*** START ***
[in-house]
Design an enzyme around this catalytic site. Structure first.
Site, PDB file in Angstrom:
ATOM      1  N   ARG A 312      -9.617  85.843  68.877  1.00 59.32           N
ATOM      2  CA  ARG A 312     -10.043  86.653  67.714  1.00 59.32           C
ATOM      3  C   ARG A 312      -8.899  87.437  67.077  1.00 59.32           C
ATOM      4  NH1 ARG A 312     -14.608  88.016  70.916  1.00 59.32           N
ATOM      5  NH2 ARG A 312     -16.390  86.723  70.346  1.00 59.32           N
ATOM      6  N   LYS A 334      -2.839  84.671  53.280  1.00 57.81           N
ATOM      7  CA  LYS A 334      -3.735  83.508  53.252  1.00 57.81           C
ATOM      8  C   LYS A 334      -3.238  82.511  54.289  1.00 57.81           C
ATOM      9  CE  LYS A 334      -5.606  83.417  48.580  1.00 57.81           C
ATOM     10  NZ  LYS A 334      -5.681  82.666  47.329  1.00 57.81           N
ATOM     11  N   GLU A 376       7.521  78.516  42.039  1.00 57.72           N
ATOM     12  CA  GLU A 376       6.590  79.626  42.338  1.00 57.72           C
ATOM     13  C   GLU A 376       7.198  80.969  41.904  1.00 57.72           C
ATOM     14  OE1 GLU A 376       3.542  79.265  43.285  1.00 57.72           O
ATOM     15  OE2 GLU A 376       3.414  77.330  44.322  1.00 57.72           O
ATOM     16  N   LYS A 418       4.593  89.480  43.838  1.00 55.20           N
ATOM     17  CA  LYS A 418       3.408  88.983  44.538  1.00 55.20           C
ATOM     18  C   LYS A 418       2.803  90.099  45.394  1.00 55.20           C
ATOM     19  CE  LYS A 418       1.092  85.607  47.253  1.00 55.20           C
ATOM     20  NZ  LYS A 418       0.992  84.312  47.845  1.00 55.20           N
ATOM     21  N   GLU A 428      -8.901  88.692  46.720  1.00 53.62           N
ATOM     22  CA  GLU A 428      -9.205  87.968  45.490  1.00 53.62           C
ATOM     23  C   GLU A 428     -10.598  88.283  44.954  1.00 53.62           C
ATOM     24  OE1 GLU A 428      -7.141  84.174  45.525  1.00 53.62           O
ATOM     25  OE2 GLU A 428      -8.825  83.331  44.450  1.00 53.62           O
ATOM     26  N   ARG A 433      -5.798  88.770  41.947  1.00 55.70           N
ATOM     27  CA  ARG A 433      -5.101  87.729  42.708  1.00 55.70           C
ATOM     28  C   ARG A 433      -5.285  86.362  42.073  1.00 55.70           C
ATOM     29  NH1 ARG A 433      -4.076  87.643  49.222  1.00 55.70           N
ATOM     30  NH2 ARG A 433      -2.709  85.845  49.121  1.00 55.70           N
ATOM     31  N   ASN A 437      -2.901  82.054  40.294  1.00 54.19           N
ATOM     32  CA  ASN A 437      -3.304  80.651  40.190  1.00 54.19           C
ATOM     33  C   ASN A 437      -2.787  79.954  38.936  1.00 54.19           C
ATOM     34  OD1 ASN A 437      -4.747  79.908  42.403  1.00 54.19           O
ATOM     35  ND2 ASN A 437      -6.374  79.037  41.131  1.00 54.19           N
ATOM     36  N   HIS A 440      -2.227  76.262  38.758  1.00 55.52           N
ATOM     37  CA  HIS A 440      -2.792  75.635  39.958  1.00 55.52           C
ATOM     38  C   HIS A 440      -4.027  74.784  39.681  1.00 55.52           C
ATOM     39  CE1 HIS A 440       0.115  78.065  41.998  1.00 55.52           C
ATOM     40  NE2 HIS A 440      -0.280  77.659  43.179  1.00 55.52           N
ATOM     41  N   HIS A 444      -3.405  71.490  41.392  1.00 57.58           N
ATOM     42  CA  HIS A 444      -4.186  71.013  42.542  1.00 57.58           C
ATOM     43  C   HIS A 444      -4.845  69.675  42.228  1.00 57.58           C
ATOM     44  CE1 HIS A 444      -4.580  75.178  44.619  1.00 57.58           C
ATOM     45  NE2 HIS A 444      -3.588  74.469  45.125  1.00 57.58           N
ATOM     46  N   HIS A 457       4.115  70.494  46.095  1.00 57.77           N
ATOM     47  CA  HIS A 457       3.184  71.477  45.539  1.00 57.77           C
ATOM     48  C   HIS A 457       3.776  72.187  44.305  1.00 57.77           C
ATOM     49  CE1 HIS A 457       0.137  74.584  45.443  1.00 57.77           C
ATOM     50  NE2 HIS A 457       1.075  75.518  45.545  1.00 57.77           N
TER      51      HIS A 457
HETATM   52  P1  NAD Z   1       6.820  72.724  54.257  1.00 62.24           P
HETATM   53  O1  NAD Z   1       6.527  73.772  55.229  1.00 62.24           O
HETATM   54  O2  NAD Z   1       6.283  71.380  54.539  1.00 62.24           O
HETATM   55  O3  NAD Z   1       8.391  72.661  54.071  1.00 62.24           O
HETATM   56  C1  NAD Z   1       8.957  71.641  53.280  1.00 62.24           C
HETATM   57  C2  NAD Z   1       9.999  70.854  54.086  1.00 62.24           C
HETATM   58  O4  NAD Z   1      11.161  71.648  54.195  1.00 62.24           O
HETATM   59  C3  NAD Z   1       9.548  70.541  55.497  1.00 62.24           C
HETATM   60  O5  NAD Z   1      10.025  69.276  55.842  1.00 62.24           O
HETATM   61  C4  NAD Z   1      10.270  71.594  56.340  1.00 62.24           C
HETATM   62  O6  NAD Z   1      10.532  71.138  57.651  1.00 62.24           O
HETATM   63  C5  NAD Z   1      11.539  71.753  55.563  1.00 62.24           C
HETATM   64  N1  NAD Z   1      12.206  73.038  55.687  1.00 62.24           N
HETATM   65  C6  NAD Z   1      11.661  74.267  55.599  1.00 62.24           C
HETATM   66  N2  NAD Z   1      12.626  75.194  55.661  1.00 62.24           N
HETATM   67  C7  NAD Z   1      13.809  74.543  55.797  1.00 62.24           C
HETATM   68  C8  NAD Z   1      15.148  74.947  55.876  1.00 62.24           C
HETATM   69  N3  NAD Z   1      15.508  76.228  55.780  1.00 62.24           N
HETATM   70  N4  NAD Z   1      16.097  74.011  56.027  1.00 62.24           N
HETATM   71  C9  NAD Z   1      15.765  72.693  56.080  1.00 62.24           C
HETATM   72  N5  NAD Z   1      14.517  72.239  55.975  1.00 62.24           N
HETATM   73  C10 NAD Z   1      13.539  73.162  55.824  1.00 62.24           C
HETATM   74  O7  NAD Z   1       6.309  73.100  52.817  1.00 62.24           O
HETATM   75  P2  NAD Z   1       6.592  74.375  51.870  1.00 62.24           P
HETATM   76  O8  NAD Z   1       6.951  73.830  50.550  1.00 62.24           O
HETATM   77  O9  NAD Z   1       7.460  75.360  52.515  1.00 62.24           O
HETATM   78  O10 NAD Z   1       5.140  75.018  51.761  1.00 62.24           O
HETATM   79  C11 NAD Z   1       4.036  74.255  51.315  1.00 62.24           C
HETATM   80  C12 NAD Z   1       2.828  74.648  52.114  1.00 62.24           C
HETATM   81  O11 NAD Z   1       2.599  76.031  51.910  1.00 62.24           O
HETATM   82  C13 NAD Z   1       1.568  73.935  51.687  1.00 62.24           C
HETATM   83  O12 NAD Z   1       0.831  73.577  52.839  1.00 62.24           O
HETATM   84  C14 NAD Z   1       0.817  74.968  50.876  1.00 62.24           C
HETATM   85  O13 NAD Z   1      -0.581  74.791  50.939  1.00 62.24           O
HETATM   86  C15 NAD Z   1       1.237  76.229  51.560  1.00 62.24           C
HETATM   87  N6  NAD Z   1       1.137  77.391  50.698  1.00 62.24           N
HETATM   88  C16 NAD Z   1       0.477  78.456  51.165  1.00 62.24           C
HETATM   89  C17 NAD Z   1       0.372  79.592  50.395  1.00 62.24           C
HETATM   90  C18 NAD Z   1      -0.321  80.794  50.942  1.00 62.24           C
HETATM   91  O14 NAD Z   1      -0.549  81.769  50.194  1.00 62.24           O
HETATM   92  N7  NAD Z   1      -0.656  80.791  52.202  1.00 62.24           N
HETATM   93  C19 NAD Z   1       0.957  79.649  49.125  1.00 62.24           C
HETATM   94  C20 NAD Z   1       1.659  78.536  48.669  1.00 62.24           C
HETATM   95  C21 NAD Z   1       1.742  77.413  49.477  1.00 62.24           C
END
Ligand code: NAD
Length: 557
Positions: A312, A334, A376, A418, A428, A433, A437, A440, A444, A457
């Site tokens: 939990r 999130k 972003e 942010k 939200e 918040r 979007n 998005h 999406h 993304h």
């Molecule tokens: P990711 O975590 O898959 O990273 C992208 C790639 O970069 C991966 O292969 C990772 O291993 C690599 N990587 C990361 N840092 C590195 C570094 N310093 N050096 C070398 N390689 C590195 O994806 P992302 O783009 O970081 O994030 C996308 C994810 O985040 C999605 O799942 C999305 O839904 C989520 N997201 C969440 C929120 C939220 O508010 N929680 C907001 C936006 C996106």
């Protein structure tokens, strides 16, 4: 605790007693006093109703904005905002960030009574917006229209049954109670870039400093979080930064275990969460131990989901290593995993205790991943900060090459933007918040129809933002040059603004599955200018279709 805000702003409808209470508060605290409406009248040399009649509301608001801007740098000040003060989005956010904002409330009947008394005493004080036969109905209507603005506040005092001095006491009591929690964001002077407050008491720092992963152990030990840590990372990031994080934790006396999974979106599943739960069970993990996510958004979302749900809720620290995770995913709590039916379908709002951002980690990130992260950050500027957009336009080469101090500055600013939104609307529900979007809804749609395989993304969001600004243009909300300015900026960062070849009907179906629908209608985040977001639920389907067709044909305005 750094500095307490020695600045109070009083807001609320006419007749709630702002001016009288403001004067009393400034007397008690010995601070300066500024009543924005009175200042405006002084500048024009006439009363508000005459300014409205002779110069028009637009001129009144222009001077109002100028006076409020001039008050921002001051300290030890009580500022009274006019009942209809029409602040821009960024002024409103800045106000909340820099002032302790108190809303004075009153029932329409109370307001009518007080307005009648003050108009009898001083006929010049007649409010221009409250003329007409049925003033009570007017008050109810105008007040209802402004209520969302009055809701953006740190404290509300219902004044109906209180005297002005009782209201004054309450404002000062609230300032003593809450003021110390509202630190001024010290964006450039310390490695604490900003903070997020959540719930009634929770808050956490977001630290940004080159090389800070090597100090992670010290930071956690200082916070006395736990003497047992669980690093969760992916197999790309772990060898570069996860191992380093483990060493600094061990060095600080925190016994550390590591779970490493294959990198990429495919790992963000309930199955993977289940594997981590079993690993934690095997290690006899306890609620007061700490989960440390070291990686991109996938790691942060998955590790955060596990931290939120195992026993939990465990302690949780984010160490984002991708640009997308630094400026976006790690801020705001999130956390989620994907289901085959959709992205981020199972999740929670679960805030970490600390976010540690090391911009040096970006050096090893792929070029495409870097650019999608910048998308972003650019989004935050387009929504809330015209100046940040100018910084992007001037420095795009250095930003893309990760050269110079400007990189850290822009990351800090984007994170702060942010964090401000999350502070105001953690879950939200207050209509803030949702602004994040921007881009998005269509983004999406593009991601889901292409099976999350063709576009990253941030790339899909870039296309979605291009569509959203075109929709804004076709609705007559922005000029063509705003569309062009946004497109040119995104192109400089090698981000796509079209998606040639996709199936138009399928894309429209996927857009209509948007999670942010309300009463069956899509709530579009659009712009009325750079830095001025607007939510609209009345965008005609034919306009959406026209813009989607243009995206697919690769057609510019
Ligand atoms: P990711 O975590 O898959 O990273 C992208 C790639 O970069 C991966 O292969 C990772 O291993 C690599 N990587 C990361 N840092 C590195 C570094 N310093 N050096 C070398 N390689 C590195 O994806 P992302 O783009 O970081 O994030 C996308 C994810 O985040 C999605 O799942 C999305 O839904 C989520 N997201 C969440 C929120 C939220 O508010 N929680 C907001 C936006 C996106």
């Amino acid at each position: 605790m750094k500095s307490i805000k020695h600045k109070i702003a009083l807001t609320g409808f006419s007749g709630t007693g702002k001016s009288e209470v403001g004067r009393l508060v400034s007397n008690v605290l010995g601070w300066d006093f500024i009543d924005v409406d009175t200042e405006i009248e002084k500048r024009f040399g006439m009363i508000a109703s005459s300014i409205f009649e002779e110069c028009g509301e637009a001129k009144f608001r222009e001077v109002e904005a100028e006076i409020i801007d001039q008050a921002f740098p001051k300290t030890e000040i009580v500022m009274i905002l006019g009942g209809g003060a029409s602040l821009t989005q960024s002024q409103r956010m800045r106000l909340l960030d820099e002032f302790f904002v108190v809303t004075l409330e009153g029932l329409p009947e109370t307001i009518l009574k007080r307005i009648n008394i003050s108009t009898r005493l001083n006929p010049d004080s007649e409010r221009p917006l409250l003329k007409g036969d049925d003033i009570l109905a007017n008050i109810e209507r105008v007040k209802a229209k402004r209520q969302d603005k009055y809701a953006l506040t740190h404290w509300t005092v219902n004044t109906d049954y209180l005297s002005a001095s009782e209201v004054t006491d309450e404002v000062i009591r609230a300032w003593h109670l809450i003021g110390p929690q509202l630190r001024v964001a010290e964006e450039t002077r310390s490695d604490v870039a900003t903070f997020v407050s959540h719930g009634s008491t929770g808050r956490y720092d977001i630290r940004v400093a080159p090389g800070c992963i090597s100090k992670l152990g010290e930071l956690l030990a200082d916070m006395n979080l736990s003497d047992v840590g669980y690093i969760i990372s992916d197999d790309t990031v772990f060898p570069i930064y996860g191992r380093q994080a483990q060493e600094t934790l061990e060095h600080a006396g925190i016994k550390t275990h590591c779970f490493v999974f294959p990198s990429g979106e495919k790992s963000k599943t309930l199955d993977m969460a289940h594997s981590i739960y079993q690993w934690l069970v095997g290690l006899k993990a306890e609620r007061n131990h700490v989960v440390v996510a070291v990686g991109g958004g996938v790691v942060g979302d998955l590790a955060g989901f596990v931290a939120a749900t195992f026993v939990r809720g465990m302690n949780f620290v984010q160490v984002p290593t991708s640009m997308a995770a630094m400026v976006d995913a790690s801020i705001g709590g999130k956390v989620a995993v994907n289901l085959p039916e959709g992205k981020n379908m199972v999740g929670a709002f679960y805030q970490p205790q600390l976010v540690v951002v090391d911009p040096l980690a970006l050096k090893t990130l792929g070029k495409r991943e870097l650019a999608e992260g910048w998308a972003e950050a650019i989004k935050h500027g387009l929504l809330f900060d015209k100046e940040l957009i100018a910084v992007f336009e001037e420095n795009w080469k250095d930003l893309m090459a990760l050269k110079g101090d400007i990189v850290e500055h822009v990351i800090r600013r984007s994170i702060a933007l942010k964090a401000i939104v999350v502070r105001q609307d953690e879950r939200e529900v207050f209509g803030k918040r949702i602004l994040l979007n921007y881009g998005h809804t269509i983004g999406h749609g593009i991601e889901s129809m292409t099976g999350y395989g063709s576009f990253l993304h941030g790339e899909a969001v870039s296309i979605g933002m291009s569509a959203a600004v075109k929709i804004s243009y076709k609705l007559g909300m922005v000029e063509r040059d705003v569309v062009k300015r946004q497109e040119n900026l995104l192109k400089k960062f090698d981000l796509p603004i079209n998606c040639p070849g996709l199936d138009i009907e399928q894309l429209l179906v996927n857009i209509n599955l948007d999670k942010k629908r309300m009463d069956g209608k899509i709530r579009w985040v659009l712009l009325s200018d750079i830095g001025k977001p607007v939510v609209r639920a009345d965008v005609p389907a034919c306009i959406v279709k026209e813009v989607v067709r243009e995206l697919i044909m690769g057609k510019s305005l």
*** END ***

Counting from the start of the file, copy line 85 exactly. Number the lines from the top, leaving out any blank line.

HETATM   82  C13 NAD Z   1       1.568  73.935  51.687  1.00 62.24           C